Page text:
The United States has a voluntary renewable energy certificate (REC) system. A REC represents the environmental, social, and other non-power attributes of renewable electricity generation. RECs are created when a megawatt-hour (MWh) of electricity is generated and delivered to the electric grid. One REC is equal to one MWh of renewable electricity.

A REC can be sold and traded separately from the underlying commodity—the electricity itself. The owner of a REC can claim to have generated renewable electricity, even if they did not actually generate it themselves. This flexibility makes RECs an important tool for meeting renewable energy goals.

In the United States, RECs are used to:

-Comply with state renewable energy standards
-Demonstrate voluntary renewable energy purchases
-Offset emissions from electricity generation

To ensure that RECs represent actual renewable electricity generation, they must be validated and verified. Validation is the process of verifying that a REC has been generated. Verification is the process of verifying that the renewable electricity was actually delivered to the electric grid.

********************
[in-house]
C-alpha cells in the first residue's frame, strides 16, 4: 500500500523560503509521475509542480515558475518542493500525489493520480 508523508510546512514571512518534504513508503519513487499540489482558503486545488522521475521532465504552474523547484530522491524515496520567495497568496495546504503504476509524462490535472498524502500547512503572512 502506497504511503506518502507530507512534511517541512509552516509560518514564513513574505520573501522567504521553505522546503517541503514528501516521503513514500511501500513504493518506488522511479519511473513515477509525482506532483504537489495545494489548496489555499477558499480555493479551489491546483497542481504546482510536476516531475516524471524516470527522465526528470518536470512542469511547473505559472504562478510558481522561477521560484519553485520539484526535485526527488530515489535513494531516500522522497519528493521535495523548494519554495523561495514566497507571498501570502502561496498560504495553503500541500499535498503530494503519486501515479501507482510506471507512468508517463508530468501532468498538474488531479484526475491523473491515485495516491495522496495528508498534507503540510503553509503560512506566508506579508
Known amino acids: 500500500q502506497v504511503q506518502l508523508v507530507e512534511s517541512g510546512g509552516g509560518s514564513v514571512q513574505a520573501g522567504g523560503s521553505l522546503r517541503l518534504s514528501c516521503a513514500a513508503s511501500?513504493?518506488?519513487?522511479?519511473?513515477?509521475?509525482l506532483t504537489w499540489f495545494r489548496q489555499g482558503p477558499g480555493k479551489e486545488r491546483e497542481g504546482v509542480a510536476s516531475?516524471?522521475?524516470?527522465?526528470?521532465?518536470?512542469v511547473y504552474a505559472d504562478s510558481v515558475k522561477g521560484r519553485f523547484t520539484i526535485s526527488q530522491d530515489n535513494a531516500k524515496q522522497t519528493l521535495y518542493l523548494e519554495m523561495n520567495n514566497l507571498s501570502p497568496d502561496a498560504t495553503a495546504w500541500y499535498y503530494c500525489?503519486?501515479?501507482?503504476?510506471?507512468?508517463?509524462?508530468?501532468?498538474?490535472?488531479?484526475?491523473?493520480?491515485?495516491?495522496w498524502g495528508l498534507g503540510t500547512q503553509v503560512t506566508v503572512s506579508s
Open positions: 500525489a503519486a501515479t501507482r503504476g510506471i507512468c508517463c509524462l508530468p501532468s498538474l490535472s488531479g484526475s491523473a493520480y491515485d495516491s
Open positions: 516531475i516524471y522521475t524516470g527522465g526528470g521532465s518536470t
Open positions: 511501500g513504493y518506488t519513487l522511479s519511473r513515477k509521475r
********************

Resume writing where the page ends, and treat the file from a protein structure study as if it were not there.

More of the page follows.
There are many REC validation and verification programs in the United States. The most common program is the Environmental Protection Agency’s (EPA) Renewable Energy Tracking System (RETS). RETS is a voluntary, online system that tracks the generation and delivery of renewable electricity in the United States.

Other REC validation and verification programs include:

-The Midwest Renewable Energy Tracking System (M-RETS)
-The Voluntary Renewable Energy Certificate System (V-RECS)
-The Green-e Renewable Electricity Certification Program

To learn more about RECs, visit the EPA’s website:

Other related questions:

Q: Who certifies renewable energy credits?

A: There is no one central certifying body for renewable energy credits (RECs). Instead, various organizations offer certification services for RECs, and each has its own process and standards. Some of the more well-known certification bodies include the Center for Resource Solutions, Green-e, and Renewable Choice Energy.

Q: How do renewable energy certificates work?

A: Renewable energy certificates (RECs) are a type of tradeable credit that represents the environmental attributes associated with 1 megawatt-hour (MWh) of electricity generated from a qualifying renewable energy resource. RECs can be used by utilities and other entities to meet renewable energy goals, and they can be sold separately from the underlying electricity.

Q: Are RECs regulated?

A: RECs are regulated by the Federal Energy Regulatory Commission (FERC).

Q: How are RECs issued?

A: RECs are issued by state governments and utilities.


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